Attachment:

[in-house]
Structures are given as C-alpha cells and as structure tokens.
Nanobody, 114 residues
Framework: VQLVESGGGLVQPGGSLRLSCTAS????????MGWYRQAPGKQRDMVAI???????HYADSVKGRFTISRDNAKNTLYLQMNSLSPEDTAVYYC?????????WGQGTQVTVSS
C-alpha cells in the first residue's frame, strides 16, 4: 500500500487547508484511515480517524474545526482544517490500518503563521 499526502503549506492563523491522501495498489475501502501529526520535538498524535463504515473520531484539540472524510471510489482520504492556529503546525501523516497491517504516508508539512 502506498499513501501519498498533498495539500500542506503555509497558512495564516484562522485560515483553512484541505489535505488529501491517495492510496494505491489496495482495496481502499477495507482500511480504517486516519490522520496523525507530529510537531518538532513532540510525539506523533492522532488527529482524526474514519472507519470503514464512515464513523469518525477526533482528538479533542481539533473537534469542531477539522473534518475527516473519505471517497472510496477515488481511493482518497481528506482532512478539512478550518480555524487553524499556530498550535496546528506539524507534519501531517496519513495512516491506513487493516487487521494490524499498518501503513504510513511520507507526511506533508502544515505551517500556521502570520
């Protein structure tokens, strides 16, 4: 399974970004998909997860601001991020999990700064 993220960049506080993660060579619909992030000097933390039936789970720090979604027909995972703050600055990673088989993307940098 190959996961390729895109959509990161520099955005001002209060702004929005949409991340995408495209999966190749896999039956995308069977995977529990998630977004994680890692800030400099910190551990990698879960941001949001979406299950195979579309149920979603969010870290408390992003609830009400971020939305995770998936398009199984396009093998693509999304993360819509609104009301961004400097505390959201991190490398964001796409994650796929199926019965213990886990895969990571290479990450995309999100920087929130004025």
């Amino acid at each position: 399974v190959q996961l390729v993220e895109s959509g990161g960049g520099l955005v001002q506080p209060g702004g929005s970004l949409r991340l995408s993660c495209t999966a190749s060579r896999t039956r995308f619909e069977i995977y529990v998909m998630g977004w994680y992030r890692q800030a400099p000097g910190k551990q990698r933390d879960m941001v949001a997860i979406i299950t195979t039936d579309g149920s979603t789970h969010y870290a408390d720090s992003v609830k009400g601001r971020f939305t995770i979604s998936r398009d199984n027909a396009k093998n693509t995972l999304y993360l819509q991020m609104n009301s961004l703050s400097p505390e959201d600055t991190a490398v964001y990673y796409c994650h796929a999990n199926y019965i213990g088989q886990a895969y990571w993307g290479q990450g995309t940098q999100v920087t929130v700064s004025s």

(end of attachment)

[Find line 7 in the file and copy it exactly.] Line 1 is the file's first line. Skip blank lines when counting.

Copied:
């Amino acid at each position: 399974v190959q996961l390729v993220e895109s959509g990161g960049g520099l955005v001002q506080p209060g702004g929005s970004l949409r991340l995408s993660c495209t999966a190749s060579r896999t039956r995308f619909e069977i995977y529990v998909m998630g977004w994680y992030r890692q800030a400099p000097g910190k551990q990698r933390d879960m941001v949001a997860i979406i299950t195979t039936d579309g149920s979603t789970h969010y870290a408390d720090s992003v609830k009400g601001r971020f939305t995770i979604s998936r398009d199984n027909a396009k093998n693509t995972l999304y993360l819509q991020m609104n009301s961004l703050s400097p505390e959201d600055t991190a490398v964001y990673y796409c994650h796929a999990n199926y019965i213990g088989q886990a895969y990571w993307g290479q990450g995309t940098q999100v920087t929130v700064s004025s």